Well, the gong sounded, and I went out all tore up in my mind and having just about lost heart in the fight. That's a most dangerous thing to have happen, especially against a man-killing slugger like Hakon Torkilsen. Before I knowed what was goin' on, the Swedes rose with a scream of warning and about a million stars bust in my head. I realized faintly that I was on the canvas, and I listened for the count to know how long I had to rest.
I heered a voice droning above the roar of the fans, but it was plumb meaningless to me. I shook my head, and my sight cleared. Jon Yarssen was standing over me, his arm going up and down, but I didn't understand a word he said! He was counting in Swedish!
Not daring to risk a moment, I heaved up before my head had really quit singing an' Hakon come storming in like a typhoon to finish me.
But I was mad clean through and had plumb forgot about the Old Man and his fool bet. I met Hakon with a left hook which nearly tore his head off, and the Swedes yelped with joy. I bored in, ripping both hands to the wind and heart, and, in a fast mix-up at close quarters, Hakon went down—more from a slip than a punch. But he was wise and took a count, resting on one knee.
I watched the referee's arm so as to familiarize myself with the sound of the numerals—but he wasn't counting in the same langwidge as he had over me! I got it, then; he counted over me in Swedish and over Hakon in Danish. The langwidges is alike in many ways, but different enough to get me all mixed up, which didn't know a word in either tongue, anyhow. I seen then that I was going to have a enjoyable evening.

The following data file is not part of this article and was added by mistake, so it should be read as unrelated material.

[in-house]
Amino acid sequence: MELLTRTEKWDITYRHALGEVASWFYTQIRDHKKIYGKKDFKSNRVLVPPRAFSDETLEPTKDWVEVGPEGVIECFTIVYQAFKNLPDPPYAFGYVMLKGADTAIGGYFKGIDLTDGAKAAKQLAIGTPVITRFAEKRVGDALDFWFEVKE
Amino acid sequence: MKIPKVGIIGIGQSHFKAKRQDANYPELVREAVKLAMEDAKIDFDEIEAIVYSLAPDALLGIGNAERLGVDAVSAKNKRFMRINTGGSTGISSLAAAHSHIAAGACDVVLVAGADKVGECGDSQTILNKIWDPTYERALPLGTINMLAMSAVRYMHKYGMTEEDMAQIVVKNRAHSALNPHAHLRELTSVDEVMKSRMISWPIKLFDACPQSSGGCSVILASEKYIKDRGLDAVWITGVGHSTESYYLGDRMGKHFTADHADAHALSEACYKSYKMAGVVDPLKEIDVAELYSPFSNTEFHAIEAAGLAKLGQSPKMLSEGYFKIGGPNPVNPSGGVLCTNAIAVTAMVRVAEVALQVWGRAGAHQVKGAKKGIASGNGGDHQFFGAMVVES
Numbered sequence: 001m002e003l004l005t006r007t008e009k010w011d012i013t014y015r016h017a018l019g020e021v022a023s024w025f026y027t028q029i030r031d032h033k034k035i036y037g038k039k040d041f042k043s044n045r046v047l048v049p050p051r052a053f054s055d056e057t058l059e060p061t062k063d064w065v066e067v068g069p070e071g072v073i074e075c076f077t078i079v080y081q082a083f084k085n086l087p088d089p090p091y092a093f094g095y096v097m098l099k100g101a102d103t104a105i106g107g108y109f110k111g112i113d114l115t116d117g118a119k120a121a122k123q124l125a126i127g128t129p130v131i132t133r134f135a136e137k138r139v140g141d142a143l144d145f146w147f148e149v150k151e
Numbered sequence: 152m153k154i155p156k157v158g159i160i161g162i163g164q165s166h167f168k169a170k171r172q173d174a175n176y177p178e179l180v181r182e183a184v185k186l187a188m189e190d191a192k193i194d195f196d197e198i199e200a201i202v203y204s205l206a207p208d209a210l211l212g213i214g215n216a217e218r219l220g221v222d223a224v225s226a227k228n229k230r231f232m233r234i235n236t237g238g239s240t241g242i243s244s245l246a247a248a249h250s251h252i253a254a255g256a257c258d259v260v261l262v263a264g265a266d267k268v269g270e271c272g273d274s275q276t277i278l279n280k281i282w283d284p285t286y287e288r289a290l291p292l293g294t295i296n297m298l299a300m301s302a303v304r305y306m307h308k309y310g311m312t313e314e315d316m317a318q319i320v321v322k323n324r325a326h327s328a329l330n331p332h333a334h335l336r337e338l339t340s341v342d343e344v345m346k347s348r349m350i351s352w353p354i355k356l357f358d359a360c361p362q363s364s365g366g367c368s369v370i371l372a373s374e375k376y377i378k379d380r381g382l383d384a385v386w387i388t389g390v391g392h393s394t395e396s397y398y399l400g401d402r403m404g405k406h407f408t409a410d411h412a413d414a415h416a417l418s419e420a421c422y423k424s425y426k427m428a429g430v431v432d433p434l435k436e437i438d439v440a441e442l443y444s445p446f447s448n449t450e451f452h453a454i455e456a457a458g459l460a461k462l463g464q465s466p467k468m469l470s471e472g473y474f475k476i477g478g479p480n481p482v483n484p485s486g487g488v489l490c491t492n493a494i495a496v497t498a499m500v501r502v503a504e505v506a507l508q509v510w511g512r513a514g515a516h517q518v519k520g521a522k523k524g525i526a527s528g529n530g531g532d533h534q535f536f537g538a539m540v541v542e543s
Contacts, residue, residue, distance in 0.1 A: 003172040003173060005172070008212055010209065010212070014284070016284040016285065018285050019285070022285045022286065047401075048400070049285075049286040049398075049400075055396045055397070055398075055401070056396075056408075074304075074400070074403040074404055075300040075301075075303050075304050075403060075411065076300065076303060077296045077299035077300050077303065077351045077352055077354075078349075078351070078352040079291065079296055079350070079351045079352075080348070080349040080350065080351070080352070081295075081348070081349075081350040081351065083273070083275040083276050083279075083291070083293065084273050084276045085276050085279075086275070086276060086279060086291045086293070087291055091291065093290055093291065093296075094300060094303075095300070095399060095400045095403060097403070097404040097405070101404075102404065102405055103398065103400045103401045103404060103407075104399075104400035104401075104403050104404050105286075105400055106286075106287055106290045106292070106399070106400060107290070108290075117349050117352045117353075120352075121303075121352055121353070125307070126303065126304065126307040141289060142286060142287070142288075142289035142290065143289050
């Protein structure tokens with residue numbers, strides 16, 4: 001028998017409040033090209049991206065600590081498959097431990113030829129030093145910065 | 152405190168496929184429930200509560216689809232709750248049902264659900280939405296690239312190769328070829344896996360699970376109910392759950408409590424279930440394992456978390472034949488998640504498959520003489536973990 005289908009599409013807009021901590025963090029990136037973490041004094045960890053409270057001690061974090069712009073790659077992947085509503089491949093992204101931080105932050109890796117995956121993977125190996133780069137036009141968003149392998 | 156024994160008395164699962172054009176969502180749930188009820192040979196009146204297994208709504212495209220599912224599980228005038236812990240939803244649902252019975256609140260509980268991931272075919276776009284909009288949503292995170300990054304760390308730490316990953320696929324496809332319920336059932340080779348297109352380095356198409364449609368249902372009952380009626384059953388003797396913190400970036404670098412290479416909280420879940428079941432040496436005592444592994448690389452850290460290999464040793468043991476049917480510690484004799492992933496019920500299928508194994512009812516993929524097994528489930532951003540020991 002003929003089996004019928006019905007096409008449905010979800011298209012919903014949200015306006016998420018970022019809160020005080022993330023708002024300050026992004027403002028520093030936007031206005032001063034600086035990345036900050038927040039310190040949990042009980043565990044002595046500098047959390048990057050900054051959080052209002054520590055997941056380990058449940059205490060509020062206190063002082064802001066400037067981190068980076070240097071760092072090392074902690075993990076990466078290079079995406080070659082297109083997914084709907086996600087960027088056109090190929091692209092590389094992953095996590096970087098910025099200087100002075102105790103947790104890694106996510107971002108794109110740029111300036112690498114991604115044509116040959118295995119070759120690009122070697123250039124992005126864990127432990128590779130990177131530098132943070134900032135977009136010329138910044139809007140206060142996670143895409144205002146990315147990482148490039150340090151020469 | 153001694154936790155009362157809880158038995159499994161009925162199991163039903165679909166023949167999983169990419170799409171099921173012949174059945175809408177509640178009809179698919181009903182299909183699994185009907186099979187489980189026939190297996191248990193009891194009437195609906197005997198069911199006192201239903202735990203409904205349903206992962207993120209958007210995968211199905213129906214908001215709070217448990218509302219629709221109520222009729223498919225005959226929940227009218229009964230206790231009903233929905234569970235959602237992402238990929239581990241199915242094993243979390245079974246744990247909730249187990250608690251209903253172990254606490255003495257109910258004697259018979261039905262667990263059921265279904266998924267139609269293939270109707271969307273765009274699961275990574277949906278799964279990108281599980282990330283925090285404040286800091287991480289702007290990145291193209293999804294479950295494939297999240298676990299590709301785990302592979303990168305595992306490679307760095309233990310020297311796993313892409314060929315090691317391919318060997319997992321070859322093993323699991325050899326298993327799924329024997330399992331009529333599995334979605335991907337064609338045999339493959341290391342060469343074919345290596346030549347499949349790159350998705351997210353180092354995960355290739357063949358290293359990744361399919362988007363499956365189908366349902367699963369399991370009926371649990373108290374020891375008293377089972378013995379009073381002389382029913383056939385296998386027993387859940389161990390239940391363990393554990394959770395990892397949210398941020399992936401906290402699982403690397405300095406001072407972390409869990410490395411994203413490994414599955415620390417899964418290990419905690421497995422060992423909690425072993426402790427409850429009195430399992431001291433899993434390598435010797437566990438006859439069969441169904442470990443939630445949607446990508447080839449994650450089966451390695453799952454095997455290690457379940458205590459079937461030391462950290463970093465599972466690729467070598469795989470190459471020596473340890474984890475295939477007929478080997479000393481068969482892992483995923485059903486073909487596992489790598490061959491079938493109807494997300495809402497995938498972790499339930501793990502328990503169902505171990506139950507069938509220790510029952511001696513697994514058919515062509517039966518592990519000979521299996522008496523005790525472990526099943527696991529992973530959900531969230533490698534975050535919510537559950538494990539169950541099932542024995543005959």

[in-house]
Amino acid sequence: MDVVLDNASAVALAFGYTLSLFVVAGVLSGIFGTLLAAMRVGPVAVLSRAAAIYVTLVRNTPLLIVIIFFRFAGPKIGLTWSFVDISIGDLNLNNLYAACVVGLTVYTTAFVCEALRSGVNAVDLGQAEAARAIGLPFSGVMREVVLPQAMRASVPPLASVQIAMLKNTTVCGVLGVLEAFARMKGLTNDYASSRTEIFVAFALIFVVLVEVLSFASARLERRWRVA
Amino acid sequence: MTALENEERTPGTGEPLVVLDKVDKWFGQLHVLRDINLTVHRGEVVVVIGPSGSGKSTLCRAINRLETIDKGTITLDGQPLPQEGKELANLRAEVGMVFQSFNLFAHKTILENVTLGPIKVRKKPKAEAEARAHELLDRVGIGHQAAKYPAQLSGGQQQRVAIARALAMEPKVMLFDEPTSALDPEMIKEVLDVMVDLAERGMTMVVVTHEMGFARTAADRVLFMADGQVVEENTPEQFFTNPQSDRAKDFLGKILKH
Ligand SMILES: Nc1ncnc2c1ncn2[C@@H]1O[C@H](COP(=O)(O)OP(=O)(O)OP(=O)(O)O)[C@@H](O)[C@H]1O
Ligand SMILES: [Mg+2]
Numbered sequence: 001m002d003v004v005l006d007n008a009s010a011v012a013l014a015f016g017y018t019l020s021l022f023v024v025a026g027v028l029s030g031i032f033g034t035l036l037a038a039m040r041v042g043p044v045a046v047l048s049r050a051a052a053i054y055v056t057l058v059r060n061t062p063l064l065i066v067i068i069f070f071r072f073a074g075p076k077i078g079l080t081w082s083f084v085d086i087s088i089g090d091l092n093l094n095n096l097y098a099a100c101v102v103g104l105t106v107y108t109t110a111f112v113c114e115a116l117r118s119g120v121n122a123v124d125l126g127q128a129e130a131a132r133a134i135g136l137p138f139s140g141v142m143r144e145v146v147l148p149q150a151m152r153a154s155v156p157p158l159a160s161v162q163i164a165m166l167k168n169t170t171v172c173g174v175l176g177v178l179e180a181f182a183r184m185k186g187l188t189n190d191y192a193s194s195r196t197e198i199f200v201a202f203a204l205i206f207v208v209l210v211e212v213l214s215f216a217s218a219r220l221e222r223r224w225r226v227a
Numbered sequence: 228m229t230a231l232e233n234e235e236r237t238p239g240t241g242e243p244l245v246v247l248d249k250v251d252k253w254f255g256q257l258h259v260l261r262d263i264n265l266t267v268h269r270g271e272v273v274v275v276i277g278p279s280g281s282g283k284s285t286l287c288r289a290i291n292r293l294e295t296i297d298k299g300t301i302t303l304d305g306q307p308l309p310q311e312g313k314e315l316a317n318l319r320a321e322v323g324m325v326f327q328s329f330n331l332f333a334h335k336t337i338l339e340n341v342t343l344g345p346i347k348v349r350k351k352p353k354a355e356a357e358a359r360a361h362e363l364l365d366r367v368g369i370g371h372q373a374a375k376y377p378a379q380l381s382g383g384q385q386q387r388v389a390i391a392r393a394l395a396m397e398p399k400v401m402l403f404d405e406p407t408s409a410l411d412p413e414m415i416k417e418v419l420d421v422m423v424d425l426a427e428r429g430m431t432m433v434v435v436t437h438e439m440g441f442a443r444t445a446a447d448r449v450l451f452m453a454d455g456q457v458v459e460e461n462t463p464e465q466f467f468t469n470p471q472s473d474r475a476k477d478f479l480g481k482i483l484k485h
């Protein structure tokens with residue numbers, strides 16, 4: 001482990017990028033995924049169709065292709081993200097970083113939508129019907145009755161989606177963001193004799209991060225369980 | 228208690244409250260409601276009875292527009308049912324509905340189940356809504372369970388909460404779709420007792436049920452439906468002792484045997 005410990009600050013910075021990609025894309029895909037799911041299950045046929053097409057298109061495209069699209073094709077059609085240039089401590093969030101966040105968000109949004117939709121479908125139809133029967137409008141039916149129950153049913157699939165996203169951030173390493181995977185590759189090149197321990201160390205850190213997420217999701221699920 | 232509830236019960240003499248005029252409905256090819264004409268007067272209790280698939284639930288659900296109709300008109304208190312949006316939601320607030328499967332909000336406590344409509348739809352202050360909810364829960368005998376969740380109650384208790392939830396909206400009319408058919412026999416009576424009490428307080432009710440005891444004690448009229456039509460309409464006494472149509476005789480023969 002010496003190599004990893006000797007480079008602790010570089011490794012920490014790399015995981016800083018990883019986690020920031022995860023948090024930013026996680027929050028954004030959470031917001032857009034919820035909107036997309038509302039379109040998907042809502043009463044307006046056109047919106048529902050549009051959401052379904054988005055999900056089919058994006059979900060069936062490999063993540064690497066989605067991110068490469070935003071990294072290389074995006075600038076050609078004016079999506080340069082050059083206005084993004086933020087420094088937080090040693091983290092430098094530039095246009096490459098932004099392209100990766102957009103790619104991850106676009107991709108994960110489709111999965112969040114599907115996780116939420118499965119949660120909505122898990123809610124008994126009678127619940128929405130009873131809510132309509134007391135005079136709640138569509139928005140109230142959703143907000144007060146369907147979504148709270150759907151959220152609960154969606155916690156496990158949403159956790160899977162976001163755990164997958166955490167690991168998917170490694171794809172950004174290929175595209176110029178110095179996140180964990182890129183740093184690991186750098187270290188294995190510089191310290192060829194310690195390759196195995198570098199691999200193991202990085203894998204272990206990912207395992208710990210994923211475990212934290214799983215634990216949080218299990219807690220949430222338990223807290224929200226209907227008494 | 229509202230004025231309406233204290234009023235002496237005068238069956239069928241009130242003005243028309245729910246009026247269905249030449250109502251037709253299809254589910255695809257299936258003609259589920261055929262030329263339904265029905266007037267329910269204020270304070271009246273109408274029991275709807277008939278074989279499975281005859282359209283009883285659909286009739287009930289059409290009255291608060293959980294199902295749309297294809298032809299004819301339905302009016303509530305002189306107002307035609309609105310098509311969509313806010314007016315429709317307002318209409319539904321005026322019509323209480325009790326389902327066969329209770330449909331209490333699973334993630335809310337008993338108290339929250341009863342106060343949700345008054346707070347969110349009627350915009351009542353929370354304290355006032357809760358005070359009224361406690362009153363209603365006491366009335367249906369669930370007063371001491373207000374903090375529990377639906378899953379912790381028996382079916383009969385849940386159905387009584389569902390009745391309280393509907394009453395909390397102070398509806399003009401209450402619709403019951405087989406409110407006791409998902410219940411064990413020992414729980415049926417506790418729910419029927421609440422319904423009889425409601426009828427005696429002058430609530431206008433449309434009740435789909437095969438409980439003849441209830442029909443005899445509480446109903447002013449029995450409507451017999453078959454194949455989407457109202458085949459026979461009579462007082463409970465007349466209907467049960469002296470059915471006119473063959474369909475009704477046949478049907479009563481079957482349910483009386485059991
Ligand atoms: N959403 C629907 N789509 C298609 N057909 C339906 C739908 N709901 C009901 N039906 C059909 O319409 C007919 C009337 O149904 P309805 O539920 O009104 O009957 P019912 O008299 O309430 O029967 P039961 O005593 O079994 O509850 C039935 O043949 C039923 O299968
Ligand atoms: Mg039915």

Hakon was up at nine—I counted the waves of the referee's arm—and he come up at me like a house afire. I fought him off half-heartedly, whilst the Swedes shouted with amazement at the change which had come over me since that blazing first round.
Well, I've said repeatedly that a man can't fight his best when he's got his mind on something else. Here was a nice mess for me to worry about. If I quit, l'd be a yeller dog and despize myself for the rest of my life, and my shipmates would lose their money, and so would all the Swedes which had bet on me and was now yelling and cheering for me just like I was their brother. I couldn't throw 'em down. Yet if I won, the Old Man would lose his ship, which was all he had and like a daughter to him. It wouldst beggar him and break his heart. And, as a minor thought, whether I won or lost, that scut Yarssen was going to tell the crowd I wasn't no Swede, and get me mobbed. Every time I looked at him over Hakon's shoulder in a clinch, Yarssen wouldst touch his black eye meaningly. I was bogged down in gloom, and I wished I could evaporate or something.
Back on my stool, between rounds, the Old Man wept and begged me to lay down, and Bill and my handlers implored me to wake up and kill Torkilsen, and I thought I'd go nuts.
I WENT OUT for the fourth round slowly, and Hakon, evidently thinking I'd lost my fighting heart, if any, come with his usual tigerish rush and biffed me three times in the face without a return.
I dragged him into a grizzly-like clinch which he couldn't break, and as we rassled and strained, he spat something at me which I couldn't understand, but I understood the tone of it. He was calling me yellow! Me, Steve Costigan, the terror of the high seas!
With a maddened roar, I jerked away from him and crashed a murderous right to his jaw that nearly floored him. Before he couldst recover his balance, I tore into him like a wild man, forgetting everything except that I was Steve Costigan, the bully of the toughest ship afloat.